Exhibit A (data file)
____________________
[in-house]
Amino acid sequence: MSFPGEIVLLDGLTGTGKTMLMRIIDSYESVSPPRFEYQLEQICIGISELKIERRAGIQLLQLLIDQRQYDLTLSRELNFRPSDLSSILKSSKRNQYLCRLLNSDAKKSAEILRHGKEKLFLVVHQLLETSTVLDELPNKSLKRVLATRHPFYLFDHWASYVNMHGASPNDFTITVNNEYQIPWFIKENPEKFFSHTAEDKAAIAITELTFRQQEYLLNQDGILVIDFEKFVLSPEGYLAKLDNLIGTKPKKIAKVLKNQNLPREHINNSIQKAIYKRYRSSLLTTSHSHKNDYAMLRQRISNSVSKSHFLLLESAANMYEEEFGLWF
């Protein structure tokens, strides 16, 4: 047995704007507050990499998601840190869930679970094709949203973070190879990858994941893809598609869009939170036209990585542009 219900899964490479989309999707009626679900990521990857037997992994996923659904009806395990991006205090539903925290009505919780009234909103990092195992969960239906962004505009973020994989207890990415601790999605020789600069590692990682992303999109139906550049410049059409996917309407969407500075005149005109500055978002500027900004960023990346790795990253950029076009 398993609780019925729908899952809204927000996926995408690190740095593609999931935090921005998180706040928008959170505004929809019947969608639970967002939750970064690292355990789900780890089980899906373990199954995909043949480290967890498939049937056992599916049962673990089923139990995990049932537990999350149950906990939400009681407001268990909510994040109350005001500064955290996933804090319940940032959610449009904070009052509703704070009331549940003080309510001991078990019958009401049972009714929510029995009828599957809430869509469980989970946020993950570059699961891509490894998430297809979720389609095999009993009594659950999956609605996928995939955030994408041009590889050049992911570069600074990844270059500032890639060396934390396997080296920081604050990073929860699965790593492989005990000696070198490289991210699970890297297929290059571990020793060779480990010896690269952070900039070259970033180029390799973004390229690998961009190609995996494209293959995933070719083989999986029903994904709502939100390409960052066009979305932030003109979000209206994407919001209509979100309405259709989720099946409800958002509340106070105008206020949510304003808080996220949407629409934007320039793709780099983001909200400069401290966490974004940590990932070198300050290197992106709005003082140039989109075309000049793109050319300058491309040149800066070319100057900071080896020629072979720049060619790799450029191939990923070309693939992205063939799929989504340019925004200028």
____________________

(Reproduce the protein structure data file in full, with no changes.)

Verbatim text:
[in-house]
Amino acid sequence: MSFPGEIVLLDGLTGTGKTMLMRIIDSYESVSPPRFEYQLEQICIGISELKIERRAGIQLLQLLIDQRQYDLTLSRELNFRPSDLSSILKSSKRNQYLCRLLNSDAKKSAEILRHGKEKLFLVVHQLLETSTVLDELPNKSLKRVLATRHPFYLFDHWASYVNMHGASPNDFTITVNNEYQIPWFIKENPEKFFSHTAEDKAAIAITELTFRQQEYLLNQDGILVIDFEKFVLSPEGYLAKLDNLIGTKPKKIAKVLKNQNLPREHINNSIQKAIYKRYRSSLLTTSHSHKNDYAMLRQRISNSVSKSHFLLLESAANMYEEEFGLWF
């Protein structure tokens, strides 16, 4: 047995704007507050990499998601840190869930679970094709949203973070190879990858994941893809598609869009939170036209990585542009 219900899964490479989309999707009626679900990521990857037997992994996923659904009806395990991006205090539903925290009505919780009234909103990092195992969960239906962004505009973020994989207890990415601790999605020789600069590692990682992303999109139906550049410049059409996917309407969407500075005149005109500055978002500027900004960023990346790795990253950029076009 398993609780019925729908899952809204927000996926995408690190740095593609999931935090921005998180706040928008959170505004929809019947969608639970967002939750970064690292355990789900780890089980899906373990199954995909043949480290967890498939049937056992599916049962673990089923139990995990049932537990999350149950906990939400009681407001268990909510994040109350005001500064955290996933804090319940940032959610449009904070009052509703704070009331549940003080309510001991078990019958009401049972009714929510029995009828599957809430869509469980989970946020993950570059699961891509490894998430297809979720389609095999009993009594659950999956609605996928995939955030994408041009590889050049992911570069600074990844270059500032890639060396934390396997080296920081604050990073929860699965790593492989005990000696070198490289991210699970890297297929290059571990020793060779480990010896690269952070900039070259970033180029390799973004390229690998961009190609995996494209293959995933070719083989999986029903994904709502939100390409960052066009979305932030003109979000209206994407919001209509979100309405259709989720099946409800958002509340106070105008206020949510304003808080996220949407629409934007320039793709780099983001909200400069401290966490974004940590990932070198300050290197992106709005003082140039989109075309000049793109050319300058491309040149800066070319100057900071080896020629072979720049060619790799450029191939990923070309693939992205063939799929989504340019925004200028």